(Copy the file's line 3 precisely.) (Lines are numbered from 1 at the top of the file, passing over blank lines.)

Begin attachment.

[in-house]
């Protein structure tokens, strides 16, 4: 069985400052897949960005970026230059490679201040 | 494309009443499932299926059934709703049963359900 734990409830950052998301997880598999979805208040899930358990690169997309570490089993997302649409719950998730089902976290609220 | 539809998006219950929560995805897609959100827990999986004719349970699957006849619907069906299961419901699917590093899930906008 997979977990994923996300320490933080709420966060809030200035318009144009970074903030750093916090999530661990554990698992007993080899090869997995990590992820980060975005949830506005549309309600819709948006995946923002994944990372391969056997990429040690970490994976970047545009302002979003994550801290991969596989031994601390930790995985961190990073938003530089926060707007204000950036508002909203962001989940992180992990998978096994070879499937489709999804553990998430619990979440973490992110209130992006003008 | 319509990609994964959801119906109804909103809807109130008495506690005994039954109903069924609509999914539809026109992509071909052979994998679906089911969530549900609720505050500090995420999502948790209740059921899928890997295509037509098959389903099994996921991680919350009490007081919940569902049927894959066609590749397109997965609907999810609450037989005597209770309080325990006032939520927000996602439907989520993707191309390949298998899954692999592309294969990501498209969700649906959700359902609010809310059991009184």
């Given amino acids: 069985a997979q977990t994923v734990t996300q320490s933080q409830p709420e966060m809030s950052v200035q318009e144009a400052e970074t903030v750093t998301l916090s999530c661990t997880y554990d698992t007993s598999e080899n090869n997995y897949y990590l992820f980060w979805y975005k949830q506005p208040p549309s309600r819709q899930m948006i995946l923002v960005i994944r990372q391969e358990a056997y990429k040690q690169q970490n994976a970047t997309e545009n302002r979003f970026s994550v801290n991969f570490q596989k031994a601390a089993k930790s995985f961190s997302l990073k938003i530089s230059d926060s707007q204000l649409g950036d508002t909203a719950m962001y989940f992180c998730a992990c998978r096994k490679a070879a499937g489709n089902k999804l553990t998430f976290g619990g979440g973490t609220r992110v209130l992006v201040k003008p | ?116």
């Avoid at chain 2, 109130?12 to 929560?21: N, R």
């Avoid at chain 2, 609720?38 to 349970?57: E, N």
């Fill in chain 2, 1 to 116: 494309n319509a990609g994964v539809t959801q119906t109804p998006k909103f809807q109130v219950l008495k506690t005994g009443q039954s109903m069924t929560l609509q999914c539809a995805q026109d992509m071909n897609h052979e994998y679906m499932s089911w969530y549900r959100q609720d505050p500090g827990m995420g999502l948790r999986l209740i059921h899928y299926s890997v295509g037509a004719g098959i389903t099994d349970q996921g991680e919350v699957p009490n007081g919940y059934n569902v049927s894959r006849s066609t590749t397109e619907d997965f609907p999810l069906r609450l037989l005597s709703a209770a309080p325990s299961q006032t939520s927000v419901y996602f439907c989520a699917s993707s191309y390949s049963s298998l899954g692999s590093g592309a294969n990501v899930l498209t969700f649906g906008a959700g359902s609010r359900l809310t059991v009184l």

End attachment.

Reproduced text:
């Given amino acids: 069985a997979q977990t994923v734990t996300q320490s933080q409830p709420e966060m809030s950052v200035q318009e144009a400052e970074t903030v750093t998301l916090s999530c661990t997880y554990d698992t007993s598999e080899n090869n997995y897949y990590l992820f980060w979805y975005k949830q506005p208040p549309s309600r819709q899930m948006i995946l923002v960005i994944r990372q391969e358990a056997y990429k040690q690169q970490n994976a970047t997309e545009n302002r979003f970026s994550v801290n991969f570490q596989k031994a601390a089993k930790s995985f961190s997302l990073k938003i530089s230059d926060s707007q204000l649409g950036d508002t909203a719950m962001y989940f992180c998730a992990c998978r096994k490679a070879a499937g489709n089902k999804l553990t998430f976290g619990g979440g973490t609220r992110v209130l992006v201040k003008p | ?116």